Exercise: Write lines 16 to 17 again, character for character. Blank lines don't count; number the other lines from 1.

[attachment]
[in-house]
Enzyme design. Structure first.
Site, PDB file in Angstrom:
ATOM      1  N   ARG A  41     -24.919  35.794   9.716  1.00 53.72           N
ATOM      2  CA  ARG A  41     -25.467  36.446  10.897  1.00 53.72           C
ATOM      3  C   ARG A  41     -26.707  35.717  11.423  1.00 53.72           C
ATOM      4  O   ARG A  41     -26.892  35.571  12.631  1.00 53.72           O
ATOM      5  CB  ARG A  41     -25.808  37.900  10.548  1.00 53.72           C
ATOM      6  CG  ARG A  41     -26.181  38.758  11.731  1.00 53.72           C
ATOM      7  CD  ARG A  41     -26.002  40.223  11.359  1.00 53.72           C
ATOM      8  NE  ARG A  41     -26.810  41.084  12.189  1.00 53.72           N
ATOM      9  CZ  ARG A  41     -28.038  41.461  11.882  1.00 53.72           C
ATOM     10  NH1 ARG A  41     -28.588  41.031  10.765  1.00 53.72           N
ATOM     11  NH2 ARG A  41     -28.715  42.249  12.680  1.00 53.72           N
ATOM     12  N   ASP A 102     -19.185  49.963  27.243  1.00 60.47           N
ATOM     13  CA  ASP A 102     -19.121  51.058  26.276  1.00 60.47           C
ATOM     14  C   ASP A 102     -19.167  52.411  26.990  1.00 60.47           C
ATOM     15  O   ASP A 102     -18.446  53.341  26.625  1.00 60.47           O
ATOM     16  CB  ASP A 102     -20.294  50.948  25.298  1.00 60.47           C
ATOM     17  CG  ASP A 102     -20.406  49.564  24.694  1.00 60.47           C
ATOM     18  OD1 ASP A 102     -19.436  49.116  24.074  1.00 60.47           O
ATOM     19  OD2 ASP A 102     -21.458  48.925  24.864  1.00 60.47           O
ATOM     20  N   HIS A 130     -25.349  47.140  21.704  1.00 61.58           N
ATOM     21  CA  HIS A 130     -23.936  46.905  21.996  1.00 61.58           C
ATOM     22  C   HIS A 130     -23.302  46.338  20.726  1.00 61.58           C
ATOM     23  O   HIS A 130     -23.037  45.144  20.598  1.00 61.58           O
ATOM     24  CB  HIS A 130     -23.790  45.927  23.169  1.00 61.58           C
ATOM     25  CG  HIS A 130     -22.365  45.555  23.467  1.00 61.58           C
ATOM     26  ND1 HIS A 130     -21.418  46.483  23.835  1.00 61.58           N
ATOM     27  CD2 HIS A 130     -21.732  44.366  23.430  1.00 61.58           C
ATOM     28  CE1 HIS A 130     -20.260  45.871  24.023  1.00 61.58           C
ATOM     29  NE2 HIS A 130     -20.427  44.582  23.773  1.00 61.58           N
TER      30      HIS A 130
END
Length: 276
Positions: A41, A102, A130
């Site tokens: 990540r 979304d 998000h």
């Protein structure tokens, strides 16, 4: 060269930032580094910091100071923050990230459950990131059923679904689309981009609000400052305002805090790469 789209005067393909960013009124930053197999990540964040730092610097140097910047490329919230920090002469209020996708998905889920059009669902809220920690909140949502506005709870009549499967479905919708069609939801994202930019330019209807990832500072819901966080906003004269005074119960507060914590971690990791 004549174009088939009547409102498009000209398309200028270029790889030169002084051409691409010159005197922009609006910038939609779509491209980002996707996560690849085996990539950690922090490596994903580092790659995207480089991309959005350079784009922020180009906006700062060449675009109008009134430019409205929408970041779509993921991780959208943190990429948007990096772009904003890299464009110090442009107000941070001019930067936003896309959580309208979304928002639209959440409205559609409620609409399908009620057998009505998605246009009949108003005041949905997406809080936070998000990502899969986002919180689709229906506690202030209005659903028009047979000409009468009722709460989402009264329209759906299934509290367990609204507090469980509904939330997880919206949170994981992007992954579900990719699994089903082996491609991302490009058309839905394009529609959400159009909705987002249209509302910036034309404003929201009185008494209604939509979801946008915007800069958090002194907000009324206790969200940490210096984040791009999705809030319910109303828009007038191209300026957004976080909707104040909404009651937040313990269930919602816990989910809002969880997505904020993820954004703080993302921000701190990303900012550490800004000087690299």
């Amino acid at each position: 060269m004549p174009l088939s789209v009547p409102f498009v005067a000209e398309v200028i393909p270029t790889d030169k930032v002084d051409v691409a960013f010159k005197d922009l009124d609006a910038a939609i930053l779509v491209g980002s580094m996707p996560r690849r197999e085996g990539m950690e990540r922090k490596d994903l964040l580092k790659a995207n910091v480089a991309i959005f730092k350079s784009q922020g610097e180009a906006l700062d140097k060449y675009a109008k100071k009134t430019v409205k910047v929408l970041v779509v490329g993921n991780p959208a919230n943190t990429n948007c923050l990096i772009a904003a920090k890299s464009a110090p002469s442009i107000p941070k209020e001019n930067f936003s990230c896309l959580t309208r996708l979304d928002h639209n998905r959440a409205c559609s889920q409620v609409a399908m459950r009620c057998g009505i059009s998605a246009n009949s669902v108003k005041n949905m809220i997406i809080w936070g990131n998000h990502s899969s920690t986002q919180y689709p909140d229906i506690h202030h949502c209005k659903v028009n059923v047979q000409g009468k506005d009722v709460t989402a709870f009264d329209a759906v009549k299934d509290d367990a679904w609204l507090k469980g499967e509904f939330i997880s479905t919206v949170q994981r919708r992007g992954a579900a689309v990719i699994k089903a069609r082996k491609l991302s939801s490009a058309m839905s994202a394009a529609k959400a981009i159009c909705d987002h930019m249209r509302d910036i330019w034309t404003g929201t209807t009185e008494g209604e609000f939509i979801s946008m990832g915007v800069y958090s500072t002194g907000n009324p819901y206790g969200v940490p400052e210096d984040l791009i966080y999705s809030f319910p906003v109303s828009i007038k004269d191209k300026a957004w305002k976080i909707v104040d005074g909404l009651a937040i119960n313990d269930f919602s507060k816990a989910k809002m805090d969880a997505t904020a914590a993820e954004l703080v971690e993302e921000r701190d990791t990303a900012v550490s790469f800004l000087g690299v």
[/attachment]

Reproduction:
ATOM     13  CA  ASP A 102     -19.121  51.058  26.276  1.00 60.47           C
ATOM     14  C   ASP A 102     -19.167  52.411  26.990  1.00 60.47           C